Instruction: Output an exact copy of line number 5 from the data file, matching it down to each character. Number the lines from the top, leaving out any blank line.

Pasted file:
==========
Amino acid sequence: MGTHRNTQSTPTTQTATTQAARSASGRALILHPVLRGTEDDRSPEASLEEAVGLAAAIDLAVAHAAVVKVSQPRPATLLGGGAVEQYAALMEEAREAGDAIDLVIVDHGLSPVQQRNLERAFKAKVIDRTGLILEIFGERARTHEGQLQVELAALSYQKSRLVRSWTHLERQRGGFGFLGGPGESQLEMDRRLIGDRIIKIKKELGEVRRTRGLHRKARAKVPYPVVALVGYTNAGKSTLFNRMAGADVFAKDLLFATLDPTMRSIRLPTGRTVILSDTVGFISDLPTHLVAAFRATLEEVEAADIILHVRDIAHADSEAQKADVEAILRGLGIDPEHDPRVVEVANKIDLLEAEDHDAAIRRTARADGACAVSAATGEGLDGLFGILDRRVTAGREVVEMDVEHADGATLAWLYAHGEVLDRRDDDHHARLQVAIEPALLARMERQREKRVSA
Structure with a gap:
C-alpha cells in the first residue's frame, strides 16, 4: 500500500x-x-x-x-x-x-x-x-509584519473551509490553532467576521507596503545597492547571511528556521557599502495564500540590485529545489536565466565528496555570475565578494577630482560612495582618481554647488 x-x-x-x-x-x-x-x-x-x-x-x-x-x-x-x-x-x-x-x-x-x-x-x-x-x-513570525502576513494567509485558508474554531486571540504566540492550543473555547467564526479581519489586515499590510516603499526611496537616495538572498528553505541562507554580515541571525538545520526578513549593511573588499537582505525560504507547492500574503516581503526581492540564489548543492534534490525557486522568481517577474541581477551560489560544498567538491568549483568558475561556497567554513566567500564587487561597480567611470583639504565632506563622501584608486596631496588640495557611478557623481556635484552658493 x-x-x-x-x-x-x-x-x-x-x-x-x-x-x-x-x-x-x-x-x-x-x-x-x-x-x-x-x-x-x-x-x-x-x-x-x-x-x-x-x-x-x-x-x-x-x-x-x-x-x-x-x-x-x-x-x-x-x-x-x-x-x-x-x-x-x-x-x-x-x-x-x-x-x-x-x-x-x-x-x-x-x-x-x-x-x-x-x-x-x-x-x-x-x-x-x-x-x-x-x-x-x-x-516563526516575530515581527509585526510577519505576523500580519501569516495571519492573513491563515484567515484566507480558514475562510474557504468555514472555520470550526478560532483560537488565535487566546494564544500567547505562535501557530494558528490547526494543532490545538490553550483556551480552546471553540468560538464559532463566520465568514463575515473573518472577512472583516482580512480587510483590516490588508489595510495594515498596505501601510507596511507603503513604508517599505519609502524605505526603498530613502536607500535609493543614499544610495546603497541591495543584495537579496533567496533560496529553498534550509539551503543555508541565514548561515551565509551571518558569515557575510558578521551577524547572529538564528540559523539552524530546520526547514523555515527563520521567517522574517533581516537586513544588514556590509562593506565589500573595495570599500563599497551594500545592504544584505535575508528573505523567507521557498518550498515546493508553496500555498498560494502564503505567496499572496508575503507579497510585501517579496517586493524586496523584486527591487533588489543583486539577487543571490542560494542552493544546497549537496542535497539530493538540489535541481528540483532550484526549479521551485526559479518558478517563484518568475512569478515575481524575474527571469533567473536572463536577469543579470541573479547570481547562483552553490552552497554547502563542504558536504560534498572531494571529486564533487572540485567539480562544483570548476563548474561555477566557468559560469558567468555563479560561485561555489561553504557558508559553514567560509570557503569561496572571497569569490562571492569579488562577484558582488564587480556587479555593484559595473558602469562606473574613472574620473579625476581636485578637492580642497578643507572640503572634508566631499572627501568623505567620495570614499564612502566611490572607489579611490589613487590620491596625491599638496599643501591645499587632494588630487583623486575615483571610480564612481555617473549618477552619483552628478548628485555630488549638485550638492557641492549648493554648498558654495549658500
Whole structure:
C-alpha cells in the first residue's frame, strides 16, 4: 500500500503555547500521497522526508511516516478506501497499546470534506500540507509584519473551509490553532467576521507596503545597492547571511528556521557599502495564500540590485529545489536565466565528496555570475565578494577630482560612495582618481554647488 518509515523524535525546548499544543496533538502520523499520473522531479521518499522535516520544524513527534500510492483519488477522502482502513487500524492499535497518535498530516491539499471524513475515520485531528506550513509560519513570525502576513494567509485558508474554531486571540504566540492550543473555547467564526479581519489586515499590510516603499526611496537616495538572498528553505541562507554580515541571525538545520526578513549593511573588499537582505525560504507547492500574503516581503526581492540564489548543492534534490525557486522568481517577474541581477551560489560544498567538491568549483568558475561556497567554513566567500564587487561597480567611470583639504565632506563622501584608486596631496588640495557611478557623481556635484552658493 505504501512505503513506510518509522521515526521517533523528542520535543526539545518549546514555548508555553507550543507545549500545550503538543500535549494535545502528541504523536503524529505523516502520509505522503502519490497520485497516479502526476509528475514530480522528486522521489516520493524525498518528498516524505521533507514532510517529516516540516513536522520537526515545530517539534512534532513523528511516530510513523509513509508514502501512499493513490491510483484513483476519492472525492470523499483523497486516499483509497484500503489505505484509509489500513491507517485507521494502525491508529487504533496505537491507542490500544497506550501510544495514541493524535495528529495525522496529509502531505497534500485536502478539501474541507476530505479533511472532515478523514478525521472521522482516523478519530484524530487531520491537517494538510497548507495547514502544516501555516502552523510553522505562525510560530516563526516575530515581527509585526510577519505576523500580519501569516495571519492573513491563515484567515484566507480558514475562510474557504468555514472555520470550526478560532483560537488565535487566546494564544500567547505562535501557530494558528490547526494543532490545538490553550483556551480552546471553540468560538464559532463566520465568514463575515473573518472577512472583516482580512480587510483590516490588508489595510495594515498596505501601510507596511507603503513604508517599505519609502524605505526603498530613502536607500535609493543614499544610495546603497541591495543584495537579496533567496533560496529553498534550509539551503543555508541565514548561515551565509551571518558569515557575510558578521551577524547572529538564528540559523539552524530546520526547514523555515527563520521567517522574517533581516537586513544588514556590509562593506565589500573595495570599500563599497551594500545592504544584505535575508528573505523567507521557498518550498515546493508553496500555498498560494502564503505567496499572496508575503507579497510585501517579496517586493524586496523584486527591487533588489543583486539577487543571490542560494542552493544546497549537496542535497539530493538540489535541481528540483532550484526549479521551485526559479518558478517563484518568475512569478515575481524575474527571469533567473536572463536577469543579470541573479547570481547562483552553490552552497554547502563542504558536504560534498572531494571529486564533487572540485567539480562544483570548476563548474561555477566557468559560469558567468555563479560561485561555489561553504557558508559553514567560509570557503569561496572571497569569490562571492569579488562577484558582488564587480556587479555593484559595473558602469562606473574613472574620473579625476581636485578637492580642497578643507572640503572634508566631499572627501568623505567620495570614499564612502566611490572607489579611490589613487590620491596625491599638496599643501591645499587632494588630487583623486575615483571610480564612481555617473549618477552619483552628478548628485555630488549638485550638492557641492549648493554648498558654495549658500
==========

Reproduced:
C-alpha cells in the first residue's frame, strides 16, 4: 500500500503555547500521497522526508511516516478506501497499546470534506500540507509584519473551509490553532467576521507596503545597492547571511528556521557599502495564500540590485529545489536565466565528496555570475565578494577630482560612495582618481554647488 518509515523524535525546548499544543496533538502520523499520473522531479521518499522535516520544524513527534500510492483519488477522502482502513487500524492499535497518535498530516491539499471524513475515520485531528506550513509560519513570525502576513494567509485558508474554531486571540504566540492550543473555547467564526479581519489586515499590510516603499526611496537616495538572498528553505541562507554580515541571525538545520526578513549593511573588499537582505525560504507547492500574503516581503526581492540564489548543492534534490525557486522568481517577474541581477551560489560544498567538491568549483568558475561556497567554513566567500564587487561597480567611470583639504565632506563622501584608486596631496588640495557611478557623481556635484552658493 505504501512505503513506510518509522521515526521517533523528542520535543526539545518549546514555548508555553507550543507545549500545550503538543500535549494535545502528541504523536503524529505523516502520509505522503502519490497520485497516479502526476509528475514530480522528486522521489516520493524525498518528498516524505521533507514532510517529516516540516513536522520537526515545530517539534512534532513523528511516530510513523509513509508514502501512499493513490491510483484513483476519492472525492470523499483523497486516499483509497484500503489505505484509509489500513491507517485507521494502525491508529487504533496505537491507542490500544497506550501510544495514541493524535495528529495525522496529509502531505497534500485536502478539501474541507476530505479533511472532515478523514478525521472521522482516523478519530484524530487531520491537517494538510497548507495547514502544516501555516502552523510553522505562525510560530516563526516575530515581527509585526510577519505576523500580519501569516495571519492573513491563515484567515484566507480558514475562510474557504468555514472555520470550526478560532483560537488565535487566546494564544500567547505562535501557530494558528490547526494543532490545538490553550483556551480552546471553540468560538464559532463566520465568514463575515473573518472577512472583516482580512480587510483590516490588508489595510495594515498596505501601510507596511507603503513604508517599505519609502524605505526603498530613502536607500535609493543614499544610495546603497541591495543584495537579496533567496533560496529553498534550509539551503543555508541565514548561515551565509551571518558569515557575510558578521551577524547572529538564528540559523539552524530546520526547514523555515527563520521567517522574517533581516537586513544588514556590509562593506565589500573595495570599500563599497551594500545592504544584505535575508528573505523567507521557498518550498515546493508553496500555498498560494502564503505567496499572496508575503507579497510585501517579496517586493524586496523584486527591487533588489543583486539577487543571490542560494542552493544546497549537496542535497539530493538540489535541481528540483532550484526549479521551485526559479518558478517563484518568475512569478515575481524575474527571469533567473536572463536577469543579470541573479547570481547562483552553490552552497554547502563542504558536504560534498572531494571529486564533487572540485567539480562544483570548476563548474561555477566557468559560469558567468555563479560561485561555489561553504557558508559553514567560509570557503569561496572571497569569490562571492569579488562577484558582488564587480556587479555593484559595473558602469562606473574613472574620473579625476581636485578637492580642497578643507572640503572634508566631499572627501568623505567620495570614499564612502566611490572607489579611490589613487590620491596625491599638496599643501591645499587632494588630487583623486575615483571610480564612481555617473549618477552619483552628478548628485555630488549638485550638492557641492549648493554648498558654495549658500